The language of a Noel Coward play is its own character: unique, full of witticisms and often harboring a deeper truth hidden beneath elegant frivolity. “There’s something awfully sad about happiness, isn’t there?” successful stage actor Gary Essendine (Kevin Kline) asks a young ingénue, Daphne Stillington (Tedra Millan), after she spends the night in his lavishly appointed apartment. She laughs thinking it’s a joke and the audience does too for the most part, but as the women come and go and the entourage never leaves, there’s a dreariness that punctuates even the most uproarious jokes.
Named after a line from Shakespeare’s Twelfth Night that highlights the fleeting nature of time, Present Laughter is a serious meditation on finding meaning in life that’s wrapped in a candy coating of farce. It’s the kind of show that has you grinning from ear-to-ear throughout and feeling the weight of its message in the coming hours, days and weeks. Like a great spirited cocktail party, there’s a sense of elation that propels the play seamlessly through its two-and-a-half hour running time. The easy yet absurdly lively touch of director Moritz Von Stuelpnagel, best known for the viscerally joyful black comedy Hand to God, helps keep the balance.
Coming off the box-off smash Beauty and the Beast, Kline, who exudes equal parts goof and grandeur, is perfectly suited to play the preening protagonist. He’s a natural at physical comedy while carefully avoiding the pitfalls of overacting. Essendine, who’s made a healthy fortune appearing in easily digestible mainstream fare, sees himself as a Lawrence Oliver instead of the easily replaceable matinee idol he is. There’s a poster from one of his many forgettable shows hanging on the door of his guest room, where young women like Daphne tend to spend the night when they’ve “forgotten their latchkey.” Set in London in 1939, all of the talk about sex exists in the world of innuendo. There is also no mention of the Nazis even though it’s the middle of World War II. In just a year, the Third Reich would be incessantly bombing the city, but Essendine’s world is quite small.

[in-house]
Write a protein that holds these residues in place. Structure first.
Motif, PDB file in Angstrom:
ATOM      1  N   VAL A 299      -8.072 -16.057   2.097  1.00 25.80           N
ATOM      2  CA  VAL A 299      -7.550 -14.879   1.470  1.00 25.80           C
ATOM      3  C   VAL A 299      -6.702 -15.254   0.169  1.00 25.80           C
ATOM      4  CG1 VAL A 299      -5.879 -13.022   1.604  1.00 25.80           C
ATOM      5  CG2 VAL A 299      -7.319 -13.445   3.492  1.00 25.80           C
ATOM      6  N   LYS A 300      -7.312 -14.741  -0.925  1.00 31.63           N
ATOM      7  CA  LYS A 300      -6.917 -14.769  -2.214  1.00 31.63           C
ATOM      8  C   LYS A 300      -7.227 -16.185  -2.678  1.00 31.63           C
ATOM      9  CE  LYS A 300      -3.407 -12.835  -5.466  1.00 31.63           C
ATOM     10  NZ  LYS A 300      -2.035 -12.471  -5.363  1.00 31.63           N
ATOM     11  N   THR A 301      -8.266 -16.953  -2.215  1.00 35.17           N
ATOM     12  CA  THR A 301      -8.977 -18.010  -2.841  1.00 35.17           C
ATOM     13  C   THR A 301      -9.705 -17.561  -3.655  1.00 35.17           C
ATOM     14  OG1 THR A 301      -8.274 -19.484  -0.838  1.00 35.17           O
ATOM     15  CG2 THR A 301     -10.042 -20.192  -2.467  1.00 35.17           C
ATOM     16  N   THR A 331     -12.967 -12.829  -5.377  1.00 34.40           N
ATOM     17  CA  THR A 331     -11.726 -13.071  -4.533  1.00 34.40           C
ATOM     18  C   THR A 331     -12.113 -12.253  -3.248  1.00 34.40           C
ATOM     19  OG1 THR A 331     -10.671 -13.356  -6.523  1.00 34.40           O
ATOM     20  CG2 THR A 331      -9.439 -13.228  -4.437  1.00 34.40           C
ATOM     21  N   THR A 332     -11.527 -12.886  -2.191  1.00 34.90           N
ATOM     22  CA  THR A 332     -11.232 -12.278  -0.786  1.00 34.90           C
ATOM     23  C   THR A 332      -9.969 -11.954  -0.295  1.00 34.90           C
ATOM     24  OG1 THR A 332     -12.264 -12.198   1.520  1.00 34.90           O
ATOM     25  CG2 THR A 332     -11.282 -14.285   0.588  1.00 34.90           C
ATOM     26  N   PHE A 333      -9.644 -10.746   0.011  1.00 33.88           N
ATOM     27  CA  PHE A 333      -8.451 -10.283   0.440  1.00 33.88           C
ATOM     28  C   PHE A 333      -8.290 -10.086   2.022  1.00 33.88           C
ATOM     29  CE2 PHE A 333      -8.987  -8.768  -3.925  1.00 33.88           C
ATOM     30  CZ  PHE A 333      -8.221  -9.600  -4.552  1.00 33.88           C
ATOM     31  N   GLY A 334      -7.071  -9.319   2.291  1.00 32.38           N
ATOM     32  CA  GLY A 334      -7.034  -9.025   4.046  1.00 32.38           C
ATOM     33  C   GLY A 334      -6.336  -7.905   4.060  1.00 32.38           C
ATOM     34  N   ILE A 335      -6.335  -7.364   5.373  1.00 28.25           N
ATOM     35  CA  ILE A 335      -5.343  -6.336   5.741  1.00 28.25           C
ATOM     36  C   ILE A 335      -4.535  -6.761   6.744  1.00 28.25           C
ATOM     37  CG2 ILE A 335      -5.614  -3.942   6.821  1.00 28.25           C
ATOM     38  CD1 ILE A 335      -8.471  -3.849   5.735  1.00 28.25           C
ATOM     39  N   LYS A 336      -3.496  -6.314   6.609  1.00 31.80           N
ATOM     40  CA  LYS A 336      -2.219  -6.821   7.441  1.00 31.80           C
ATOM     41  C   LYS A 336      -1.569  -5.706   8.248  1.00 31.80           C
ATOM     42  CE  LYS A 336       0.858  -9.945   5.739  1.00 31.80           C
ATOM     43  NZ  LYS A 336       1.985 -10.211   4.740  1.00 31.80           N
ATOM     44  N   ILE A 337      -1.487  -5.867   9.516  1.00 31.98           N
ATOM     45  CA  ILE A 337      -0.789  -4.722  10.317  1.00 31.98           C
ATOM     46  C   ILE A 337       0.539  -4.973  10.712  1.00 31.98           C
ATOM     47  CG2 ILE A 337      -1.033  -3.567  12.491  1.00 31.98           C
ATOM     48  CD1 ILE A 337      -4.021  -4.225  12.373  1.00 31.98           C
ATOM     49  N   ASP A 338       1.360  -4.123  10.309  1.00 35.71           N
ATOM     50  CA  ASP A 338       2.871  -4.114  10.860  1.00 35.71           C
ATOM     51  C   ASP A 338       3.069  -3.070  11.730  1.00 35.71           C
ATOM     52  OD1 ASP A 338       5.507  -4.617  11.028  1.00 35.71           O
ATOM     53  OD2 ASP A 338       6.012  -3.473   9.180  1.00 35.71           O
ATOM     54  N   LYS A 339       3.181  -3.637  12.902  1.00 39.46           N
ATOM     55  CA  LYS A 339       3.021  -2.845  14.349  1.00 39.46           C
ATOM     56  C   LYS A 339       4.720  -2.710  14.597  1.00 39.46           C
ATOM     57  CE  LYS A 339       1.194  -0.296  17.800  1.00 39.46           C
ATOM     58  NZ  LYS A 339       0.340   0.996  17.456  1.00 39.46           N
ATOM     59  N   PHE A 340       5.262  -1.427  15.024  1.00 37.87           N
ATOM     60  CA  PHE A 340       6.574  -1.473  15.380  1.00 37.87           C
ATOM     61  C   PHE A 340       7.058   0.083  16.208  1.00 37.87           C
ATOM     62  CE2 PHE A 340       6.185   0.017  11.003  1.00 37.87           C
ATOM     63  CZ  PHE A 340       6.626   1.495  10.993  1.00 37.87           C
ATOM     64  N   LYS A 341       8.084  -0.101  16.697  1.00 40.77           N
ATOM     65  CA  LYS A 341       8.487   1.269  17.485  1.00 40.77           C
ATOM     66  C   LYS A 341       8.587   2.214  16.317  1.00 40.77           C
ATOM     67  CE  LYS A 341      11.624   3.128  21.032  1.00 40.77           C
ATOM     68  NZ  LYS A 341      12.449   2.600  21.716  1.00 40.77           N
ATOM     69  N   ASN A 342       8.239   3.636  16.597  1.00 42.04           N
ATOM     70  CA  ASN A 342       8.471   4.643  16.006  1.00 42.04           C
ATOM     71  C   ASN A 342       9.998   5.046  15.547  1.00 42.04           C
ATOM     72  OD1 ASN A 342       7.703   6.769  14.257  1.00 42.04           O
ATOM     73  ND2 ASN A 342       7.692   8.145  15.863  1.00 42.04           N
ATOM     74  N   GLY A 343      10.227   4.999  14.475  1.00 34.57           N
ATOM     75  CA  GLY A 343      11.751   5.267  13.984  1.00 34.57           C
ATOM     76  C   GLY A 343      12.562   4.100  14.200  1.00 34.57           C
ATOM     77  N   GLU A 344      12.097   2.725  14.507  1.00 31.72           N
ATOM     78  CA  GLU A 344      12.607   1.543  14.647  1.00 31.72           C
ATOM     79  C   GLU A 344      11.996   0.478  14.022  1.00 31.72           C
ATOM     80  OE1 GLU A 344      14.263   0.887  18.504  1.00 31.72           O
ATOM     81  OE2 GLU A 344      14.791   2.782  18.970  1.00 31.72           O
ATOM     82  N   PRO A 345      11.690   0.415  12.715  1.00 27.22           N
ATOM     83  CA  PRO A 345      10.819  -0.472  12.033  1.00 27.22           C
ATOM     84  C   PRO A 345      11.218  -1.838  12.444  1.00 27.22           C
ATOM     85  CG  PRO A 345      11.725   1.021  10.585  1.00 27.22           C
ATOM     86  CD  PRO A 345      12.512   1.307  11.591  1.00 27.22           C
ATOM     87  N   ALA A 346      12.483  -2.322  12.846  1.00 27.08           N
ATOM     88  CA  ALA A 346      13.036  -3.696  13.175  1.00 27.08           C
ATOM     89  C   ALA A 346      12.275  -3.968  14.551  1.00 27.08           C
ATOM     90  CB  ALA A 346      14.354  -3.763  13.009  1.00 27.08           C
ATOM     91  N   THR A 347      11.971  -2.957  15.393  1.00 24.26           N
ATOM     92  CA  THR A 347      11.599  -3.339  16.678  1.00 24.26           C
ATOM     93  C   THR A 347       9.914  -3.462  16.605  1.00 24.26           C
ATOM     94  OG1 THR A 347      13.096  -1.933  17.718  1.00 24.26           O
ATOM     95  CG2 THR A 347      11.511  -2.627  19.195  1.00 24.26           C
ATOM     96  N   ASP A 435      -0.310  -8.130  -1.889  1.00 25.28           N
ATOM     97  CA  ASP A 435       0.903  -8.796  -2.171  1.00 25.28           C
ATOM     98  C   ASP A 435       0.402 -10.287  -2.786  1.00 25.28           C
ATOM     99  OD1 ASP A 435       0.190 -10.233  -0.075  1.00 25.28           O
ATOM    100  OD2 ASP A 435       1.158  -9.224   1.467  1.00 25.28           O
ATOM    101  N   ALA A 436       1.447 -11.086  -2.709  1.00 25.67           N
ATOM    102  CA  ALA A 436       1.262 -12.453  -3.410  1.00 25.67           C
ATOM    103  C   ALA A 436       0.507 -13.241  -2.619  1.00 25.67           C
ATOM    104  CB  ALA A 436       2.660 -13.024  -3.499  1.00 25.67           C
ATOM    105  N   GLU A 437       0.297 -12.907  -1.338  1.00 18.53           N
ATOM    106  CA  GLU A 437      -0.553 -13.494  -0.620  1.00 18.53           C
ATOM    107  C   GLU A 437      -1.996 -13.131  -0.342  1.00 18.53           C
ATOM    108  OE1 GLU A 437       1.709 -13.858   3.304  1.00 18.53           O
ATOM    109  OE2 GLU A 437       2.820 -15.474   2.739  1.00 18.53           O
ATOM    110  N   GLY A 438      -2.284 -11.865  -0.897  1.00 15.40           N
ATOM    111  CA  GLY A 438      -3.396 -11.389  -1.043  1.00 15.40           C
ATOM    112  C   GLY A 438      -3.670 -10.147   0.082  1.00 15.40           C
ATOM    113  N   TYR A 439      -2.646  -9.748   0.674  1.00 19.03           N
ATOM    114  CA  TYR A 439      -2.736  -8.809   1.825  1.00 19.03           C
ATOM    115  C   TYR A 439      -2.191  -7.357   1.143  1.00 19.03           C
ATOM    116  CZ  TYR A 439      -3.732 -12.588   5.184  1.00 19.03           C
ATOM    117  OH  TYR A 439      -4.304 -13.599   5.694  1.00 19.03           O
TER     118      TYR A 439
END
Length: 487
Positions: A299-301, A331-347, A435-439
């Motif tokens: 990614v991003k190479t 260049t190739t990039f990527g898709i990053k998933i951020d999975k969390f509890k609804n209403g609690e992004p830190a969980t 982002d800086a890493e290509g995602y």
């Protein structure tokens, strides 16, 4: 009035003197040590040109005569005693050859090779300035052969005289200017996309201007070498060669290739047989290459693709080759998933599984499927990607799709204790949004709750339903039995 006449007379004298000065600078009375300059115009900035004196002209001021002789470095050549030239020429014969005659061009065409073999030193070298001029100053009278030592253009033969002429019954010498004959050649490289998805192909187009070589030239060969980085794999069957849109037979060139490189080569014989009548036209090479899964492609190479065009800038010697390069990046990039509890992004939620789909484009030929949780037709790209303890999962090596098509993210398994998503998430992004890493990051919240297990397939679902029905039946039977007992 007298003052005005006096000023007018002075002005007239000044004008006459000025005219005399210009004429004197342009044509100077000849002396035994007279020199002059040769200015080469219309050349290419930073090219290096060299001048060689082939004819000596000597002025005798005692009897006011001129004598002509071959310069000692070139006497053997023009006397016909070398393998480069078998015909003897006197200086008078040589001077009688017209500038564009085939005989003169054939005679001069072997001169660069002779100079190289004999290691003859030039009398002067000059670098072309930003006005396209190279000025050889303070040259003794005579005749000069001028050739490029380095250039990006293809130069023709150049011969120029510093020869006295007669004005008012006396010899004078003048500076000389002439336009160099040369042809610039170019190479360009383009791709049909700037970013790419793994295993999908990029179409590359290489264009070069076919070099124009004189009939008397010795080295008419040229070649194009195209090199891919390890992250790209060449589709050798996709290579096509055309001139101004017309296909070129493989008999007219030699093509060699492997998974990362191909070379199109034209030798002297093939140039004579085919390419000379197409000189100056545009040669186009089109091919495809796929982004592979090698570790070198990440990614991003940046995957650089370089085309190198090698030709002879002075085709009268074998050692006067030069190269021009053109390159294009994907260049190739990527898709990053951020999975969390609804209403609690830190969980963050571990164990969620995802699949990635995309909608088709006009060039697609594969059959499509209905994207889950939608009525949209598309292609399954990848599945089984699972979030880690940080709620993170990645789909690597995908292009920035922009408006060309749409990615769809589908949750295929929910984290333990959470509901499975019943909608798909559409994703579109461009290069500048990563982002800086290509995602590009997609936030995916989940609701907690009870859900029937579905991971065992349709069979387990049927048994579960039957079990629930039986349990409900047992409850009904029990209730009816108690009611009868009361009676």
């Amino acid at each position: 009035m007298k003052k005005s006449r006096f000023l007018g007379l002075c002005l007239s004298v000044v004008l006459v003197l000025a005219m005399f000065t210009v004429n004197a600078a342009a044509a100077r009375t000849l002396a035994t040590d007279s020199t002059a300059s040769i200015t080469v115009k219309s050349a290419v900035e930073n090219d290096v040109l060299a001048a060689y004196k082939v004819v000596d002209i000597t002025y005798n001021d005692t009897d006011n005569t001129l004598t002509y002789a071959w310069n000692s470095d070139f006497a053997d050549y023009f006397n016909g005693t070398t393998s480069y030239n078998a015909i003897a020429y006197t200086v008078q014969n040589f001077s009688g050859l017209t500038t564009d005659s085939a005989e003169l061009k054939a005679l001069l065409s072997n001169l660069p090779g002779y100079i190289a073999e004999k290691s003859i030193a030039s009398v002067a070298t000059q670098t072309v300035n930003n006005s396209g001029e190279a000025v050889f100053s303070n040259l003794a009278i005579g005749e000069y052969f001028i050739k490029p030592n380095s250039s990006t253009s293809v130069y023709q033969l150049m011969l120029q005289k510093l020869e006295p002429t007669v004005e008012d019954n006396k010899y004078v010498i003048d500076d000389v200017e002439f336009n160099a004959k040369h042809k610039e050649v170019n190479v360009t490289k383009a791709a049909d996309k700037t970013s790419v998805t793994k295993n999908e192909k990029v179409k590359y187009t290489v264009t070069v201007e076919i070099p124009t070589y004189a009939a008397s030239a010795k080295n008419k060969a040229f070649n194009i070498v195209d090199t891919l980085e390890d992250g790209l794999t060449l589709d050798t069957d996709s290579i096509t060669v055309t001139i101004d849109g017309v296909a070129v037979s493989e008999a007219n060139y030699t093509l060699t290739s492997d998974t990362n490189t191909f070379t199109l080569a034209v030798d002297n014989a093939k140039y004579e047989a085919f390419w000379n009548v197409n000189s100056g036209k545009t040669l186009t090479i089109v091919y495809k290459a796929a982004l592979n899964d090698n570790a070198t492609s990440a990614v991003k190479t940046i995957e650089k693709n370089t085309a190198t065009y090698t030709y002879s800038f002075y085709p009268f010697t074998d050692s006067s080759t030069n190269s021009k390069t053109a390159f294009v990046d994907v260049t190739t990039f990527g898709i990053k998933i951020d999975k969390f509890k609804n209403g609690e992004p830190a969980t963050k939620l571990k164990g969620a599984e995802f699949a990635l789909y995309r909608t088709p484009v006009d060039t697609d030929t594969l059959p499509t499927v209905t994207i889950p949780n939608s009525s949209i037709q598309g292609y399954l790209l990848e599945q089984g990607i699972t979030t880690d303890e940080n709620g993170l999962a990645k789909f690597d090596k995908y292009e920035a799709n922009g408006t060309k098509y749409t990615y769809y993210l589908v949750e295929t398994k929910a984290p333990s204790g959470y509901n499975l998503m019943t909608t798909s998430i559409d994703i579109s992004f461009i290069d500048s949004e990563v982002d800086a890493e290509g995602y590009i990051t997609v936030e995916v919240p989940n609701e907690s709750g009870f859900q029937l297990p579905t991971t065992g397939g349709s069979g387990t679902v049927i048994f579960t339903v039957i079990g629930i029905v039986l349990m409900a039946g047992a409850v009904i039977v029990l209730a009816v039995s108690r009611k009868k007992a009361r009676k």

For much of the time we spend with him, he’s preparing for a trip to Africa, one that will require a towering amount of luggage, but don’t expect it to widen his worldview. He appears to have few interests outside his career and bedding women who are enamored by him. Adulation has become his drug of choice, and it is a potent one, so it’s particularly jarring when a very strange aspiring playwright, Roland Maule (Bhavesh Patel), unleashes a tirade of criticism on Essendine. Roland’s also fascinated by him but in a creepy stalker kind of way.
A quote from Coward in the program encapsulates his view of humanity: “Then, with sudden desolation, I knew that the destiny of the human race was shaped neither by politicians nor dictators, but by its own inadequacy…and that it had no right whatever to demand and expect peace on earth until it had proved itself to be deserving of it.”
Starring: Kevin Kline, Kate Burton, Kristine Nielsen, Cobie Smulders and Bhavesh Patel
Written by: Noel Coward
Directed by: Moritz von Stuelpnagel
Through: July 2 at the St. James Theatre